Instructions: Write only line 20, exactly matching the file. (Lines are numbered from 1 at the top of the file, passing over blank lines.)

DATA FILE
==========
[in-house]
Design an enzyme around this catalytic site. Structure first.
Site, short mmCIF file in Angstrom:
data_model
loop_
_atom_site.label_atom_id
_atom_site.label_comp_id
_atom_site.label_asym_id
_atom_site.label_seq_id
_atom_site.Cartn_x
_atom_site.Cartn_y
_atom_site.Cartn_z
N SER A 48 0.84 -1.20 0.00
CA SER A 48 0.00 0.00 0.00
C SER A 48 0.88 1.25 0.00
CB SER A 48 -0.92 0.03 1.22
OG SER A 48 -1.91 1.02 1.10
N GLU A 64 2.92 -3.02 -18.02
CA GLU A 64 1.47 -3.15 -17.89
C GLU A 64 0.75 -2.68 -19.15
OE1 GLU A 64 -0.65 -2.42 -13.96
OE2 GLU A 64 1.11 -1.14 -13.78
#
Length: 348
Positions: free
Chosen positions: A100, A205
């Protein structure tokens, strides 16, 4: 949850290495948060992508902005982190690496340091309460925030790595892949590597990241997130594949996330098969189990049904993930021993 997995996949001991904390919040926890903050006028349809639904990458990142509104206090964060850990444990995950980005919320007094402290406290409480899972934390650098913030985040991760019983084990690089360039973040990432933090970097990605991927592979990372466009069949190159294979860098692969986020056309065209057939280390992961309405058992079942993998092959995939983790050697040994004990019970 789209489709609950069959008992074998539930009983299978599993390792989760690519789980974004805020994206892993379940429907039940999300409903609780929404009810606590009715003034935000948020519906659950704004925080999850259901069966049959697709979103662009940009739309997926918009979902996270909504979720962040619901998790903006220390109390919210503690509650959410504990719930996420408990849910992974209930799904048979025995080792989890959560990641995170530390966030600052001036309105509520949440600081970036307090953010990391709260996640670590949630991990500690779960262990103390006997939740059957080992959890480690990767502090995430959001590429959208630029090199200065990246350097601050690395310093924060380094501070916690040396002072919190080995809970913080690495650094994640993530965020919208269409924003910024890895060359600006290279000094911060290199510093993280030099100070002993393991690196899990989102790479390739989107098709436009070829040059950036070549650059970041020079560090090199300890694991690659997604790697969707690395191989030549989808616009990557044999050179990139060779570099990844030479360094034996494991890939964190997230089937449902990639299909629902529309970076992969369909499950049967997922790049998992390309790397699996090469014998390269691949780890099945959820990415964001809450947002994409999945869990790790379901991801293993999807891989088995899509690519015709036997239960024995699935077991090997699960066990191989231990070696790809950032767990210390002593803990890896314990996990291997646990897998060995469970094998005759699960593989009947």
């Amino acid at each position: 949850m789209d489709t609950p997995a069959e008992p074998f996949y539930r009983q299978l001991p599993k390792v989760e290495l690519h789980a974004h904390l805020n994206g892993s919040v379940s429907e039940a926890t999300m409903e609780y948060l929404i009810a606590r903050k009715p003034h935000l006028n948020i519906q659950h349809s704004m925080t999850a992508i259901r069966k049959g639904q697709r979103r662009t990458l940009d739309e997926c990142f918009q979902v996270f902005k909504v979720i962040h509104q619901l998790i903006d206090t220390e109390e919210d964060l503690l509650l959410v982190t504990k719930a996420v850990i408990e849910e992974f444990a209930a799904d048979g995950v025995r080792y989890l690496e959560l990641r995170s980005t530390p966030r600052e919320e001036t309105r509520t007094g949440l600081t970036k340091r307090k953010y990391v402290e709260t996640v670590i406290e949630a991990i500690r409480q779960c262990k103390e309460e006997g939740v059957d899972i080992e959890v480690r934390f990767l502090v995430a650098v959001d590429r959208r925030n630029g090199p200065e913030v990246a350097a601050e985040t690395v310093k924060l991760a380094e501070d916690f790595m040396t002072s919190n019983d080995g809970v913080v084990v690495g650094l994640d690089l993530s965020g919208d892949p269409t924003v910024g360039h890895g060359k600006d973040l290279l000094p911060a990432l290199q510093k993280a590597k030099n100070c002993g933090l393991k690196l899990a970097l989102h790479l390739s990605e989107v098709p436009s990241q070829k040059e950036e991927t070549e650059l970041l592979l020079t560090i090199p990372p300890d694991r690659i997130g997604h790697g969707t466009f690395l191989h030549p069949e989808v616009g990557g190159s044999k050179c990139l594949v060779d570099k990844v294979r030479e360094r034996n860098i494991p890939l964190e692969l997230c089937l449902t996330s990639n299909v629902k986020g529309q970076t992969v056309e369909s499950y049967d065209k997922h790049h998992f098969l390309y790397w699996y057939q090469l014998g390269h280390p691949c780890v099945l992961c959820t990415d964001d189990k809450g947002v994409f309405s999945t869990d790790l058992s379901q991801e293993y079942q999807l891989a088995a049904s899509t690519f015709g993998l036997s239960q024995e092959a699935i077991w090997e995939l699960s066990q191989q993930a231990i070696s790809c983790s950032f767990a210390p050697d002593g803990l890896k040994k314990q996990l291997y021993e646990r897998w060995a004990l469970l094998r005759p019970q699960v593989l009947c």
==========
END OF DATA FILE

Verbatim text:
C GLU A 64 0.75 -2.68 -19.15